More conceited than real suffering

“We suffer more in the imagination than in reality.” – Seneca

The wisdom in another timeless quote from Seneca can be applied to almost any area of ​​life. As humans, our mental abilities can be problematic and lead us down a path of negative thoughts and emotions that may not be related to reality. Think about the number of times you have quarreled with someone on your mind when in fact that argument never happened.

Applying this wisdom to wealth management is important as investors are often caught up in cycles of greed or fear, resulting in buying and selling that may not be tied to the reality of the markets. Indeed, investing with emotions can be detrimental. Numerous studies, many of which are described in Mandell’s book Wealth Management Made Simple, show how many private investors are burned by such considerations and their attempts to time the market.

If investors can remove their inner dialogue from the investment process or work with a dispassionate advisor to counter such thoughts, they will usually get better results.

Everything changes over time

“No man ever steps into the same river twice because it is not the same river and he is not the same man.” – Heraclitus, pre-stoic philosopher and great influence on the Stoics; 535 BC Until 475 BC

Heraclitus quotes that everything changes over time and nothing is permanent. This insight is crucial for long-term financial planning, also known as age modeling.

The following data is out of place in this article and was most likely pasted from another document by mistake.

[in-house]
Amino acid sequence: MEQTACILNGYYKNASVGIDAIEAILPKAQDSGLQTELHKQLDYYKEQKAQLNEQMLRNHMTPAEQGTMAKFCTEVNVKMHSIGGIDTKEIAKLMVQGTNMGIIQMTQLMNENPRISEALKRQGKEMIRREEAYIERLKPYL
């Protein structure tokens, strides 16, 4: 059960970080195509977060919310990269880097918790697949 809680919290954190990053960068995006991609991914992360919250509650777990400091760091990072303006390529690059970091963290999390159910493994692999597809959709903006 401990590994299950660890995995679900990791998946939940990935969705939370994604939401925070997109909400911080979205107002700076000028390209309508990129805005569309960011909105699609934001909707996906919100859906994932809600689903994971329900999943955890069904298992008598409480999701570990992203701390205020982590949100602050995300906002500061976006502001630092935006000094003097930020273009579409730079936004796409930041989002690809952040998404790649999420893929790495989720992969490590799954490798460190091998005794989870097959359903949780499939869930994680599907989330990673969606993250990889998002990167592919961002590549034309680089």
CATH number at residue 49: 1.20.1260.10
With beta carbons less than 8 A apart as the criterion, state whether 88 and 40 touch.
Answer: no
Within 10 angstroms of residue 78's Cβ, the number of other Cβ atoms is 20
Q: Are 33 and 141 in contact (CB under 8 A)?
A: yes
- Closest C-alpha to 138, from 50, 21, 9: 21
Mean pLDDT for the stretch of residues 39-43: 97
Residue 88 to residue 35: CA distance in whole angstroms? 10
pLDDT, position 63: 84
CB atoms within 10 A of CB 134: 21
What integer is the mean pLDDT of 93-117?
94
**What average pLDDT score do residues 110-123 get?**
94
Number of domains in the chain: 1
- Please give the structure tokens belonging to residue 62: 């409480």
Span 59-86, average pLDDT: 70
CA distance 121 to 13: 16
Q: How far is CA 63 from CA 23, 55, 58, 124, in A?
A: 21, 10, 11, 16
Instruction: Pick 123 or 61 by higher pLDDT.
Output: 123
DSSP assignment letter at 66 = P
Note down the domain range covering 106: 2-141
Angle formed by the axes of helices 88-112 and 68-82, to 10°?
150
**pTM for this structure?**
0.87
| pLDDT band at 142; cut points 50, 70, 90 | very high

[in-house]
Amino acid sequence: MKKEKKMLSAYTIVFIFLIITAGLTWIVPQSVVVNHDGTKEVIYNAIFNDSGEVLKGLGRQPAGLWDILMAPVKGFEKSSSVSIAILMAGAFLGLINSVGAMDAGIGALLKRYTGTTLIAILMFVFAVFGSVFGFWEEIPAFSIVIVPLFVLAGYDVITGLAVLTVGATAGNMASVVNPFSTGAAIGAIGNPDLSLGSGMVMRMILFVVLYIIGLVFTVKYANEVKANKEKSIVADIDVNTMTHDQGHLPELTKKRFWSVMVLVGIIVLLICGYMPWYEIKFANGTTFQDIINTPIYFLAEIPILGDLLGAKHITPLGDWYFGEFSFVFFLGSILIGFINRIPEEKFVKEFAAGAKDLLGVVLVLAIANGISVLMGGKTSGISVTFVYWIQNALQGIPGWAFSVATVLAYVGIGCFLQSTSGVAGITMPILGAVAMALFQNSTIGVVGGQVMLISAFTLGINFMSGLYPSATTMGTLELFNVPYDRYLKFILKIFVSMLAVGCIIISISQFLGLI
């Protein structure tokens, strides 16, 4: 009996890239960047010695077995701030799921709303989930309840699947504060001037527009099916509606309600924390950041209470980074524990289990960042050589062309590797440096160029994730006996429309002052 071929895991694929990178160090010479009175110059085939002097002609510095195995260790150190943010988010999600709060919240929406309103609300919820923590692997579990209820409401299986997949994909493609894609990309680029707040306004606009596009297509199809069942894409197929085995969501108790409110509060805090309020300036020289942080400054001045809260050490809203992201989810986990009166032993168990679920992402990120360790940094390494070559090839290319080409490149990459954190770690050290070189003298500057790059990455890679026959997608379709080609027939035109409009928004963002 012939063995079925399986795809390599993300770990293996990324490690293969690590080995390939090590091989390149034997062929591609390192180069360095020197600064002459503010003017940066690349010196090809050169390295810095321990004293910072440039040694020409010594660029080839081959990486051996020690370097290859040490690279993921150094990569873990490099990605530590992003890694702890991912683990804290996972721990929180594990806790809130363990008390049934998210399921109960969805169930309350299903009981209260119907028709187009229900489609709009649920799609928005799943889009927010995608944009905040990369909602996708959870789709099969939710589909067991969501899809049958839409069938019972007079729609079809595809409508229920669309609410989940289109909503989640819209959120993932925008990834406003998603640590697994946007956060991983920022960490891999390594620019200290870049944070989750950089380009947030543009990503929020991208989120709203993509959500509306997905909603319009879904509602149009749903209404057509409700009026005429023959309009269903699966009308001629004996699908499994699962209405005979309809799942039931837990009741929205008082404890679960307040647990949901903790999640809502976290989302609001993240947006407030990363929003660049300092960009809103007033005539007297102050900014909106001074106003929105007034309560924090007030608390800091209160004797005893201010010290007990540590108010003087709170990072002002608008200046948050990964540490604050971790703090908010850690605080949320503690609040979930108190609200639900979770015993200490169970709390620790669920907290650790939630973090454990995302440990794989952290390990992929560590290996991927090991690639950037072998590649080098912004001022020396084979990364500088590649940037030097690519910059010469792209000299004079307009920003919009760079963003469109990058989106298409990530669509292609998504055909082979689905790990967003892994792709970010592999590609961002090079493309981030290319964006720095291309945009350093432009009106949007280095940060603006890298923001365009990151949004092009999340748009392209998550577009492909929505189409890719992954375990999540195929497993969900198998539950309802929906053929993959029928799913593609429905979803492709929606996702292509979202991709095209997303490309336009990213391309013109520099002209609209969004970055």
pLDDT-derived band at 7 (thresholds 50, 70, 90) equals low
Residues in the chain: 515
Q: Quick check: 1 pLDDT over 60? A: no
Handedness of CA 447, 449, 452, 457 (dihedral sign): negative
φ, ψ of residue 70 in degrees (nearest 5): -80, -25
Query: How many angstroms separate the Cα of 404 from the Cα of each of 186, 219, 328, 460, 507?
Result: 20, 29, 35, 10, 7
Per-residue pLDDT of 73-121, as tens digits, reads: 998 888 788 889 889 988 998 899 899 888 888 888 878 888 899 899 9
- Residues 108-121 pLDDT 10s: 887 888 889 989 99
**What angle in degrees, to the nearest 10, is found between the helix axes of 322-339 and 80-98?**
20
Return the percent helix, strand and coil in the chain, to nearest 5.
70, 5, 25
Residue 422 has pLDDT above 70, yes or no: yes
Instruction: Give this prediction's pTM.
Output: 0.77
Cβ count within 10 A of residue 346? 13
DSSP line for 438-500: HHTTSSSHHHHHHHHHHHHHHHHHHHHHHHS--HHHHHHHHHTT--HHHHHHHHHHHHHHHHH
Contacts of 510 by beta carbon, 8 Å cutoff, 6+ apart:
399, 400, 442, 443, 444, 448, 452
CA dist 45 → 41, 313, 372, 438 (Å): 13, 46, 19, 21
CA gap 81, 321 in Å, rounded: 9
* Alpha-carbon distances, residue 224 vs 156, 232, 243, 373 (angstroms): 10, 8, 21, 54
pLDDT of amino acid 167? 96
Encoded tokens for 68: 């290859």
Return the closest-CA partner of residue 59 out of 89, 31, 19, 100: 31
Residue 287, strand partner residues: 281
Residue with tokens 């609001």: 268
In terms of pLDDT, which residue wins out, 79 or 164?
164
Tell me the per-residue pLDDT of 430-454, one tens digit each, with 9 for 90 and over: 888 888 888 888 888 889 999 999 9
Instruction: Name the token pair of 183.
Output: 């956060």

A financial plan should no longer be a static written document containing a model calculated on a particular day, as this type of plan can quickly become out of date. Instead, dynamic planning should include a software-generated financial model that can be continuously reviewed, optimized and updated. In essence, financial planning should reflect changes and be iterative so that it is adjusted with each review and update.

Charitable planning

“The only wealth that you will keep forever is the wealth that you gave away.” – Marcus Aurelius.

Many doctors make charitable planning an important part of their wealth planning, especially as they near retirement and beyond. For many, the psychological benefit of donating to charity is much greater than if they were to spend the money on themselves – an effect that has been confirmed in many studies. While Marcus Aurelius may have been referring to a belief in the afterlife that prevailed in ancient Rome, it can precisely be interpreted as having benefits during our lives on earth. In a broader sense, Aurelius apparently recognized the importance of giving away wealth and probably encouraged his wealthy Roman colleagues to do so. In this sense, his advice is just as relevant today as it was 2000 years ago.

Stoic philosophy has endured since ancient times due to its insightful wisdom. Many of its lessons can be applied to wealth management, some of which we’ve explored in this article. If these insights sparked interest, we encourage you to learn more about the fascinating stoics and ways stoicism can guide your wealth planning decisions and remain focused on long-term financial goals.

References:

Wealth Planning for the Modern Doctor and Wealth Management Made Easy are available free of charge in print or e-book formats by sending HEALIO to 47177 or at www.ojmbookstore.com. Enter the code HEALIO at checkout.

www.health.harvard.edu/newsletter_article/In_Brief_Money_can_buy_happiness__if_you_give_it_away

For more informations:

Sanjeev Bhatia, MD, is an orthopedic sports physician with Northwestern Medicine in Warrenville, Illinois. He can be reached at sanjeevbhatia1@gmail.com.

David B. Mandell, JD, MBA, is a lawyer and founder of the asset management company OJM Group, www.ojmgroup.com. You should seek professional tax and legal advice before implementing any of the strategies described here. He can be reached at mandell@ojmgroup.com or (877) 656-4362.